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Dystonic cerebral palsy, also referred to as dystonia, causes involuntary muscle contractions and movements that affect either one part of the body or the entire body. Dystonic CP is a form of dyskinetic cerebral palsy. There is no cure for it, but many treatment options are available, including sensory tricks that can help control the symptoms.
What is Dystonic Cerebral Palsy?
According to the American Academy of Cerebral Palsy and Developmental Medicine, dystonic cerebral palsy is a movement that causes increased muscle tone and uncontrollable, involuntary posture and movement.
Children with dystonia have repetitive, twisting movements caused by muscle contractions. Dystonia is a form of dyskinetic cerebral palsy, which is also marked by uncontrollable movements and muscle contractions.
Dystonic cerebral palsy often interferes with the child’s sleep due to uncomfortable pain caused by contractions. It can also be difficult for children with dystonia to sit or lie down.
Further, the involuntary movement contributes to the child expending a lot of energy, which can tire them easily.
Some children with dystonic cerebral have difficulties chewing and swallowing, which could lead to malnutrition.
Symptoms of Dystonic Cerebral Palsy
Along with uncontrollable and repetitive movements, children with dystonic cerebral palsy could also exhibit the following:
- Movement that switches between rapid and slow
- Painful movements
- An increase in uncontrollable movements if the child is tired or anxious
- Affected speech patterns due to uncontrollable movements in the jaw and mouth
- Trouble with walking
- One leg that drags
- Foot cramps
- Uncontrolled blinking
- Speech and eating issues
For young children with dystonic cerebral palsy, symptoms generally first appear in a hand or foot. Over time, the symptoms can expand to other parts of the body. By the time the child reaches the teen years, the progression of the symptoms tends to slow down.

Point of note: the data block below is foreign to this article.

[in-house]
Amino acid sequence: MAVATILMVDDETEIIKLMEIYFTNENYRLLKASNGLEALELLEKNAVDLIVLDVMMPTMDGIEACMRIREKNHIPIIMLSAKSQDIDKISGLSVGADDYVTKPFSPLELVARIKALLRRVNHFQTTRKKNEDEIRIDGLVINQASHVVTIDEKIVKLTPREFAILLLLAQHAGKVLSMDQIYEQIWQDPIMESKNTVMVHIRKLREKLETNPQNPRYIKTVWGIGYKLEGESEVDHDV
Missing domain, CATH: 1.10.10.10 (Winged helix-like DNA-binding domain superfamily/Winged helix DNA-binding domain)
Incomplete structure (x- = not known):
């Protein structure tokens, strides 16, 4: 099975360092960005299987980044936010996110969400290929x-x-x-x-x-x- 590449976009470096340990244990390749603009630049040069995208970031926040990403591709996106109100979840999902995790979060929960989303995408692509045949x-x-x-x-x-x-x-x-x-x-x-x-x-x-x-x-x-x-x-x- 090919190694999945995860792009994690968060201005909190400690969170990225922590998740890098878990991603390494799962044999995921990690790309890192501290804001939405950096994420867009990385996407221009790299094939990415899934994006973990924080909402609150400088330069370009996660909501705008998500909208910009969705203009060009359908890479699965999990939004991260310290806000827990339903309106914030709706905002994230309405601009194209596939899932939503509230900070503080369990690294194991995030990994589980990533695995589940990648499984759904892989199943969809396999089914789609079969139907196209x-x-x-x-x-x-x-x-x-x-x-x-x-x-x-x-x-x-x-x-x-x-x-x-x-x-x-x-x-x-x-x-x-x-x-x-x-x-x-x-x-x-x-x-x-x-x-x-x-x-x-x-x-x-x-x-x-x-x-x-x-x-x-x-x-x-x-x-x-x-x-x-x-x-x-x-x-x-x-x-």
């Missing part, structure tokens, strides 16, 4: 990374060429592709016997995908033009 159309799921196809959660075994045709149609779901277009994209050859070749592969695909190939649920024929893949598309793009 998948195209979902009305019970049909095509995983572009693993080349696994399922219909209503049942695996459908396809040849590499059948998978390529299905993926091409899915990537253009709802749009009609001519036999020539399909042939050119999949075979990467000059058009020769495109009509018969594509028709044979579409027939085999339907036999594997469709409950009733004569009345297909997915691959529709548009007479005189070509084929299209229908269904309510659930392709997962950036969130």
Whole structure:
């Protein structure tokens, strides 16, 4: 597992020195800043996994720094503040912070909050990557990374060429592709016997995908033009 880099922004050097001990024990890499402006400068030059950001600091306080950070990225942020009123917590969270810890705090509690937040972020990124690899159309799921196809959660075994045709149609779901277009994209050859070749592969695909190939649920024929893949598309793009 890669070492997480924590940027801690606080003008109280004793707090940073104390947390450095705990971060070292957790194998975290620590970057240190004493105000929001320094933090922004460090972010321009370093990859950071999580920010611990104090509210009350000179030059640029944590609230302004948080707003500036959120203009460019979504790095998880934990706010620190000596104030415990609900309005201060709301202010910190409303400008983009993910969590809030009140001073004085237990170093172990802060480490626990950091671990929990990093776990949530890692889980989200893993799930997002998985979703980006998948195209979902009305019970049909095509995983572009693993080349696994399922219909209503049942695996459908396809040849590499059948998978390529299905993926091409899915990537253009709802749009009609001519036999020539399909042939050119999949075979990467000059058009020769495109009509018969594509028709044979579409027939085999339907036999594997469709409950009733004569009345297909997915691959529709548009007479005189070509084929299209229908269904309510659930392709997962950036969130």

How Does Dystonic Cerebral Palsy Affect the Body?
Dystonic cerebral palsy can be subdivided by the areas of the body it affects:
- Many children experience dystonia on one side of the body. This is known as focal dystonia, which can affect both legs and one arm or the trunk of the body, along with one leg and one arm.
- Other children have issues with their entire bodies, known as generalized dystonia. Children with generalized dystonia usually have a difficult time with walking and balance. Generalized dystonia can also occur in the hand and upper body, making movements tight and painful and causing fatigue.
- Dystonia can also occur in the head, neck, and shoulders, making for abnormal twists and turns. This is known as cervical dystonia.
- Oromandibular dystonia occurs when the child’s mouth, jaw, and tongue are affected. Some children are susceptible to malnutrition and dietary issues.
- Hemidystonia affects one arm and leg on the same side of the body.
Symptoms of dystonic cerebral palsy are present sometimes, but not with all activities. For example, a child may have issues while walking but not when swimming. Keep in mind that not all children exhibit the same symptoms.
Dystonic Cerebral Palsy and Sensory Tricks
According to “Current Clinical Neurology,” a sensory trick occurs when a child touches a certain part of their body, such as their chin, which can “neutralize involuntary head movements.”
Further, placing a finger near the dystonic area and raising a hand may release the dystonia. Others find help by touching an eyelid.
According to the U.S. National Institutes of Health, the sensory tricks are trial and error, and while one trick may work for one child, it may not work for everyone.
“Sensory tricks vary from person-to-person and within the same individual. The multiple and heterogenous features was were misinterpreted as indicative of a psychogenic etiology.”